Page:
In spite of what people said when I was appointed Chairman, it should be noted that Mr. Ridley had reached the end of his three year term and it was decided by the powers that be not to re-appoint him. At least he was informed prior to the announcement being made and did not have to suffer the embarrassment of first learning of the matter when a newspaper reporter called to get his reaction to the matter, as was my case. I was not even afforded that decency even after some 20+ years of service in a number of appointed offices with various Governments. It should also be noted that I had been away for a week representing CIMA at a conference relating to a large financial industries association the week before this announcement only returning to the island on the night of June 26. I took great personal satisfaction when a past president of this large association of some 10,000 members said to me privately after my panel presentation that quote ‘You sold me on Cayman.’ unquote. On Monday, June 29, the same day as the announcement, I attended, along with several of my fellow directors and the Managing Director, Mrs. Scotland, a committee meeting of CIMA. So I was faithfully fulfilling my duties while my ‘removal’ must have been deliberated.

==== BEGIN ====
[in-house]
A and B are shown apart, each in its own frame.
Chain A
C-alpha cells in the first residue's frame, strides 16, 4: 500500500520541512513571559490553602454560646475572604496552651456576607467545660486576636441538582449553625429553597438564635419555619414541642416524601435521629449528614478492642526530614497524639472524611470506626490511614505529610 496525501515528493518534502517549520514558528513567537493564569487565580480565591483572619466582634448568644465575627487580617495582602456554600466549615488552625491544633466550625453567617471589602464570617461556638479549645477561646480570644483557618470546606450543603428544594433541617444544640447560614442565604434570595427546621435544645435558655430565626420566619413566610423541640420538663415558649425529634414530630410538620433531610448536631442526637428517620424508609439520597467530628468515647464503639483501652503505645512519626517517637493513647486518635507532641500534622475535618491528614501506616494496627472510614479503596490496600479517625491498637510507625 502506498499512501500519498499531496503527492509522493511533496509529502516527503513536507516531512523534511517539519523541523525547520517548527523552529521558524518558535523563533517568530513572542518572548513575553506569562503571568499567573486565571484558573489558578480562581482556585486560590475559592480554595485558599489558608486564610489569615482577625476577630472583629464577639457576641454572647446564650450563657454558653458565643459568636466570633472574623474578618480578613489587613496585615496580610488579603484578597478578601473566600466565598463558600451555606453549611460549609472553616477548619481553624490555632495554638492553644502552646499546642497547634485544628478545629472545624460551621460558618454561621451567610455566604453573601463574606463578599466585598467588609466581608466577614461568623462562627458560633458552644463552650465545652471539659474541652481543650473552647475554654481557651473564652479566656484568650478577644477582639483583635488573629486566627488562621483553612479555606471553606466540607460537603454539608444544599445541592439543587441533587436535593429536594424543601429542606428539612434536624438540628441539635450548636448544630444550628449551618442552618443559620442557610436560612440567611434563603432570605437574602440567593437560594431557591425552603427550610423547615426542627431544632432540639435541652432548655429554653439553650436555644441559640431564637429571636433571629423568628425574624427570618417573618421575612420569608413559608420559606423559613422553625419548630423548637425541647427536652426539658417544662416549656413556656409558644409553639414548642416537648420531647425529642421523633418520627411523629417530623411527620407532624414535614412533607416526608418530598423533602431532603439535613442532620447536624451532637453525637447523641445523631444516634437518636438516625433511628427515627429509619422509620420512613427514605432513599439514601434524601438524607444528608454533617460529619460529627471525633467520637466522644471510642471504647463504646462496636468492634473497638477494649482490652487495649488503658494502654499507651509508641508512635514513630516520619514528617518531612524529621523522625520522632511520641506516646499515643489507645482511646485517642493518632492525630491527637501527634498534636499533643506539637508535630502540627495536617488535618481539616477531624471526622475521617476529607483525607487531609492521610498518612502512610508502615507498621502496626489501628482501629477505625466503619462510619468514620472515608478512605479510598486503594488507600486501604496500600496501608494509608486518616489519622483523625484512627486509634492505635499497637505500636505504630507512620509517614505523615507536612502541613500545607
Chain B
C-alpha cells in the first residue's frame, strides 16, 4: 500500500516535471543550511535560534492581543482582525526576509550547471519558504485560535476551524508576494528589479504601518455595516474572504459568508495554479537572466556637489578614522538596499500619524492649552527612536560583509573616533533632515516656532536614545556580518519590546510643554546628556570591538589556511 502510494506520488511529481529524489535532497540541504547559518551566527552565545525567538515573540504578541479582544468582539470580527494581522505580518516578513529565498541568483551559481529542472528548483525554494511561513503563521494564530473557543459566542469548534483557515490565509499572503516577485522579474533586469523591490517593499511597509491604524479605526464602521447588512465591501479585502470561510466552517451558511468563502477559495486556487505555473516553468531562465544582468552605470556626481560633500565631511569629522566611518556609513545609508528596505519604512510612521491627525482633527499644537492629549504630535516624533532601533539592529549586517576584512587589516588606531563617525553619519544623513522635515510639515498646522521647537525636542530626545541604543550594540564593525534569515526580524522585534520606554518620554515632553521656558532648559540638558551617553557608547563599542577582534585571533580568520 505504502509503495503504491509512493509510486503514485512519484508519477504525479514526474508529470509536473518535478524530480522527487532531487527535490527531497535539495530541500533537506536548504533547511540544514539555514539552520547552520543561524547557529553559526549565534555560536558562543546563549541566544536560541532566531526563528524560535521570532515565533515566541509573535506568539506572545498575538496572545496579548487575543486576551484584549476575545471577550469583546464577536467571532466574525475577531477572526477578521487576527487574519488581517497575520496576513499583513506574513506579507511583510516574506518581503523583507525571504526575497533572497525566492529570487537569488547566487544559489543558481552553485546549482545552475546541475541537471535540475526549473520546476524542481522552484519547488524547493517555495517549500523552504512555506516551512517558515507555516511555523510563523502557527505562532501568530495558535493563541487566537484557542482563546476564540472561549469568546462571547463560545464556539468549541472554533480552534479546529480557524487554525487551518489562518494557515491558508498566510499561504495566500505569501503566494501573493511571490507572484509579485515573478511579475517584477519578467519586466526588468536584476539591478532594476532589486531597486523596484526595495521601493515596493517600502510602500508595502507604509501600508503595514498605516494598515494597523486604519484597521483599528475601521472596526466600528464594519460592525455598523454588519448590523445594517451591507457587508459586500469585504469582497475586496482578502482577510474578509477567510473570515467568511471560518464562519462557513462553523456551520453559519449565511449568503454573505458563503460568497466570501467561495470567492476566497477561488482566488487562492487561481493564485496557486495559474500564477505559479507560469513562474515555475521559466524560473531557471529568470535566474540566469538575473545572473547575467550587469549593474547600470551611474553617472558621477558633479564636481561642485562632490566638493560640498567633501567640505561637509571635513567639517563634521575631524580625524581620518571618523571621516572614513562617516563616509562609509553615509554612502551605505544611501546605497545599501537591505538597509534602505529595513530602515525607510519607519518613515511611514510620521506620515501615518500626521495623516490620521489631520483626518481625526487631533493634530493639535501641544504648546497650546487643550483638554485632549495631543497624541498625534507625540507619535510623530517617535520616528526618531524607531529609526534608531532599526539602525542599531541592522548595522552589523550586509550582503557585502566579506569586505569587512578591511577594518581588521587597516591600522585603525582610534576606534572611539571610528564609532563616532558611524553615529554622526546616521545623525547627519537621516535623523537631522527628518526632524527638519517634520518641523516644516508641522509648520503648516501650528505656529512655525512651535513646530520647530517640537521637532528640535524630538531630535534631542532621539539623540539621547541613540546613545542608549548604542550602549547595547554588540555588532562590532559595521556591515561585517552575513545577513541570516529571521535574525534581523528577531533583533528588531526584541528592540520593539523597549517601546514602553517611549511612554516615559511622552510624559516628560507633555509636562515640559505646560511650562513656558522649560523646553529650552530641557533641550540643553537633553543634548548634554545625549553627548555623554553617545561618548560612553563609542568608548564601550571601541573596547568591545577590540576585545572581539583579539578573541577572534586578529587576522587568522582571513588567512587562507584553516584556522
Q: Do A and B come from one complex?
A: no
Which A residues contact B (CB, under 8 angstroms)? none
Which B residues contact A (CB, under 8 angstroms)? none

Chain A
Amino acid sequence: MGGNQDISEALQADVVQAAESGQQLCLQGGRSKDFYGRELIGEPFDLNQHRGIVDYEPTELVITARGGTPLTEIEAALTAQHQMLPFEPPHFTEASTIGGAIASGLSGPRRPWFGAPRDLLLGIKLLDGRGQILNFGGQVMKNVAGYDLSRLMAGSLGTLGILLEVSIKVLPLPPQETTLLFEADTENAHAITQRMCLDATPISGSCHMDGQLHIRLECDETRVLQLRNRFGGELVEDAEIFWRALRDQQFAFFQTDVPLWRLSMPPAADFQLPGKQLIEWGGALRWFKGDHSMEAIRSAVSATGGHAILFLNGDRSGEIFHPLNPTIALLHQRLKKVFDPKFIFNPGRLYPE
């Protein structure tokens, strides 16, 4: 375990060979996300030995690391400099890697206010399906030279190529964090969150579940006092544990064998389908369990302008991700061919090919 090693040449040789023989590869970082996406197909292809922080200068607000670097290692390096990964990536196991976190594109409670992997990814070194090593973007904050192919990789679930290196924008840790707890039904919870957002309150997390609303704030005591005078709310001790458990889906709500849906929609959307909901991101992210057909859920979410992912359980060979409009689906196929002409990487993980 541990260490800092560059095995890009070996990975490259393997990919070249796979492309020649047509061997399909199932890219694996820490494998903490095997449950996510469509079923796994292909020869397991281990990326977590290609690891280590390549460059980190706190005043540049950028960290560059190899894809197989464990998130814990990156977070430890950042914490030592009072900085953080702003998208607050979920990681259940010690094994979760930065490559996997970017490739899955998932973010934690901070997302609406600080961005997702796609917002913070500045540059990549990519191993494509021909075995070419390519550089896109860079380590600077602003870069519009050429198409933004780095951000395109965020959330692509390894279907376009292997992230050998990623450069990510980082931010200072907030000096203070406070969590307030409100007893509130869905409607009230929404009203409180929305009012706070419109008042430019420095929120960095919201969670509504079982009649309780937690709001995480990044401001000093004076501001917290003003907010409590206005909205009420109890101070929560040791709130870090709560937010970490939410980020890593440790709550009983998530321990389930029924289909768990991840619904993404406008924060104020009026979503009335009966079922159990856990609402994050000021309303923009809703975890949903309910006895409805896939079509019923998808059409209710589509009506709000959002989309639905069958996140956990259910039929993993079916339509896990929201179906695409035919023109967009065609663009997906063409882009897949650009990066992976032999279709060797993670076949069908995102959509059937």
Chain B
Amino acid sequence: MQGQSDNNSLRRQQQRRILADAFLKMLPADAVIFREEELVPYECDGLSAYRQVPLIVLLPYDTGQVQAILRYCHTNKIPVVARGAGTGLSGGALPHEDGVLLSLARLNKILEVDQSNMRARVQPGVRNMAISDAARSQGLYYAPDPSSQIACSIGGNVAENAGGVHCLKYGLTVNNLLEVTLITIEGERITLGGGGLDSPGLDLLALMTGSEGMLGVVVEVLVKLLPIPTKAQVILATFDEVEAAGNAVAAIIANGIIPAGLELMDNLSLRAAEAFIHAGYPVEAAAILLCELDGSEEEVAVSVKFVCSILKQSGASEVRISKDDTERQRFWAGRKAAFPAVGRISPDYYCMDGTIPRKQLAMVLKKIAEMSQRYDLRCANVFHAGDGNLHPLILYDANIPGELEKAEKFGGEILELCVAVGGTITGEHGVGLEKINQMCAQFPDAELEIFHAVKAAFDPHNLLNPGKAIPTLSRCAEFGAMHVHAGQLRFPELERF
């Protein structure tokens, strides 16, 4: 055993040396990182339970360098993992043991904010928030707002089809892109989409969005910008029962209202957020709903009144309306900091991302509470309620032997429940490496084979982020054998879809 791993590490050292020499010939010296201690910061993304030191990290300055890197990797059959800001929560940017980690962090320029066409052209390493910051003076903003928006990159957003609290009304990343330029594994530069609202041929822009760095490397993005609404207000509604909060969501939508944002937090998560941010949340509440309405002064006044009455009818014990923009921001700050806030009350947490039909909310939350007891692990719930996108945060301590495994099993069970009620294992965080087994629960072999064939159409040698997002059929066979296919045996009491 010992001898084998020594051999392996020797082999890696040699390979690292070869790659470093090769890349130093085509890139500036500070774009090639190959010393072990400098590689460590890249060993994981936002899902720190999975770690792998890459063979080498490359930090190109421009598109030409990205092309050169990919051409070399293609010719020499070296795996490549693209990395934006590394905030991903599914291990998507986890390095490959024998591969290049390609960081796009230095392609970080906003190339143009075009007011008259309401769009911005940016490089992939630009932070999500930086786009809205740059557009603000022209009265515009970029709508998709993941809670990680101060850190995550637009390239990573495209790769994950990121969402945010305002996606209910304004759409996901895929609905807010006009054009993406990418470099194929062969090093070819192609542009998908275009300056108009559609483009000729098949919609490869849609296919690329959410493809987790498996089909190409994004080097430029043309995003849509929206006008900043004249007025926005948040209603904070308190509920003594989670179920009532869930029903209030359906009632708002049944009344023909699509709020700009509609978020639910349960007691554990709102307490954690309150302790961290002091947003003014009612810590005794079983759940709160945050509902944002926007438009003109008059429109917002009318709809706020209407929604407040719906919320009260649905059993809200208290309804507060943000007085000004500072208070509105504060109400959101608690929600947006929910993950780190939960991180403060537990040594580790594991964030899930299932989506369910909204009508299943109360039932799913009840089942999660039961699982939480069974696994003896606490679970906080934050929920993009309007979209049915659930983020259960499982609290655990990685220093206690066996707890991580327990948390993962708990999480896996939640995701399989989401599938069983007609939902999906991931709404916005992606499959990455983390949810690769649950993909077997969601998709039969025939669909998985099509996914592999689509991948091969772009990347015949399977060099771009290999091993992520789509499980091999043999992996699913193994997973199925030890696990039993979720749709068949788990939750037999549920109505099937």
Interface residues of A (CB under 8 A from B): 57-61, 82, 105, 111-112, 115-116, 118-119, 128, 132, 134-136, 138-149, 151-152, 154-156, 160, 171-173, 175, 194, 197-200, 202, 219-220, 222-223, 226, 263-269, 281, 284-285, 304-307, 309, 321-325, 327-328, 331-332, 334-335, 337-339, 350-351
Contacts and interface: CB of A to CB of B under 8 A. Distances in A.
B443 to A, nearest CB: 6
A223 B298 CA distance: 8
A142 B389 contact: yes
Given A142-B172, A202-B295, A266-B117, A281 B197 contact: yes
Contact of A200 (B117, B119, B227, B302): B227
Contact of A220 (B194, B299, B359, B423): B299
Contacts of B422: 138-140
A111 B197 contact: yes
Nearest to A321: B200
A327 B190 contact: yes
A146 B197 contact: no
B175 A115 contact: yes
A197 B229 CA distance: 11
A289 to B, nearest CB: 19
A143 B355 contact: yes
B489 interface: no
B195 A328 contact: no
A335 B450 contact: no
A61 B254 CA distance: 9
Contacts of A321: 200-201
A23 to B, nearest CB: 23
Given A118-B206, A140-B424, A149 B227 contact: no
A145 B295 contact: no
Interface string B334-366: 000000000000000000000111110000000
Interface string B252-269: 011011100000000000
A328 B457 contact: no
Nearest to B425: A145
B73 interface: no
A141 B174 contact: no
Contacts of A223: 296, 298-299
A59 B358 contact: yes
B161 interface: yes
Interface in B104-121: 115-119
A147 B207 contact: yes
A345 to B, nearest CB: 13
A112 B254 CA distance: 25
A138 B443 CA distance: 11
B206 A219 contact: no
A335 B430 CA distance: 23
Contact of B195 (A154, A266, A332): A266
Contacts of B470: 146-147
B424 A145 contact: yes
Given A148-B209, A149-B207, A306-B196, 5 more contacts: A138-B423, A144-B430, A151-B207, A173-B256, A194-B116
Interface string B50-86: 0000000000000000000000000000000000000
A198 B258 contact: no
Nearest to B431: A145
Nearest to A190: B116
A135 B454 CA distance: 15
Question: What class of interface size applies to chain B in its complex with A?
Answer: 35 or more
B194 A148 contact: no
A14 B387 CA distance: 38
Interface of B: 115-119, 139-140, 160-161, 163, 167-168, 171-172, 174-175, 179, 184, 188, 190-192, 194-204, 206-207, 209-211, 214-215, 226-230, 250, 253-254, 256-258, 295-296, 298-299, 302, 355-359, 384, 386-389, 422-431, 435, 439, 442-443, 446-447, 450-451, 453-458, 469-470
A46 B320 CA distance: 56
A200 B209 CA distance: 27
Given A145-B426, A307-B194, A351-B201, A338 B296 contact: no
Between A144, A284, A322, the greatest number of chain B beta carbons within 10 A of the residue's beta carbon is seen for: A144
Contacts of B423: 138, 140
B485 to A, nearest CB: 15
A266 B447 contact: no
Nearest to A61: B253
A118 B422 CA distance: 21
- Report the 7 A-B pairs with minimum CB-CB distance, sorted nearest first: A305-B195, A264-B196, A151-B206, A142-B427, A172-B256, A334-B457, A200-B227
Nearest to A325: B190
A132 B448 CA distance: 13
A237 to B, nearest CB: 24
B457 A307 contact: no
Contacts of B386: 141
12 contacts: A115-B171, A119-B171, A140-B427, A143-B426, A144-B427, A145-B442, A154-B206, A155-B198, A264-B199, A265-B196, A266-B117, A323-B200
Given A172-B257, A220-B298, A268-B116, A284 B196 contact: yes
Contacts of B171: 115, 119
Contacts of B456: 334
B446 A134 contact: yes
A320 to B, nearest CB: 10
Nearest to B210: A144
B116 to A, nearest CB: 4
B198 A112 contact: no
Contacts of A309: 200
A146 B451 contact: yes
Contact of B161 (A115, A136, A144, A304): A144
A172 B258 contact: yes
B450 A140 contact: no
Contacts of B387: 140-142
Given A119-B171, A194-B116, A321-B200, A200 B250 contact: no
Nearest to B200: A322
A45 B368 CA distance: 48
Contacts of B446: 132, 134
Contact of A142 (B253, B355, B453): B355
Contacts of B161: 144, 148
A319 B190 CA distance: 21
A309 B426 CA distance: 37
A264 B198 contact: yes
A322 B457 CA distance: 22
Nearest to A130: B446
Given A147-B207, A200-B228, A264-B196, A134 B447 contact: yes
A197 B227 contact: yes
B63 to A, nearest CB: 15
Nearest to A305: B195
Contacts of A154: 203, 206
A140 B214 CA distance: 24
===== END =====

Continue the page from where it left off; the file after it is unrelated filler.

It is ironic to me that I served over 20 years as a director of the Turtle Farm/Boatswain’s Beach and was the one director with the highest profile to provide support to the current LOGB, then Chairman of the Farm, through much of the difficult times when the financing of the project was being reviewed by various Government officials. Even though it became clear from the subsequent reviews and reports that although the LOGB/Chairman’s decision to expand the Farm and the procedures followed may have had issues, it should be noted that I was congratulated by various Government officials on achieving a very favourable rate of interest in spite of the fact that this was the first time such non-banking financing had been sought by the Government or one of its controlled entities. Indeed it was shown, when comparing what the Government itself had subsequently negotiated for a similar loan for central Government financing, the Farm had still done comparatively better in total costs of financing despite the fact its fees had been higher due to a change in structure for the loan in mid stream resulting in certain duplications of fees. I retired from that organisation in December 2008 to devote my time and efforts to my role as Chairman of CIMA. That’s just my way of doing things. Keep your head to the grindstone and be focused on the objectives ahead. Private praise for a job well done is much more satisfying than any public accolades.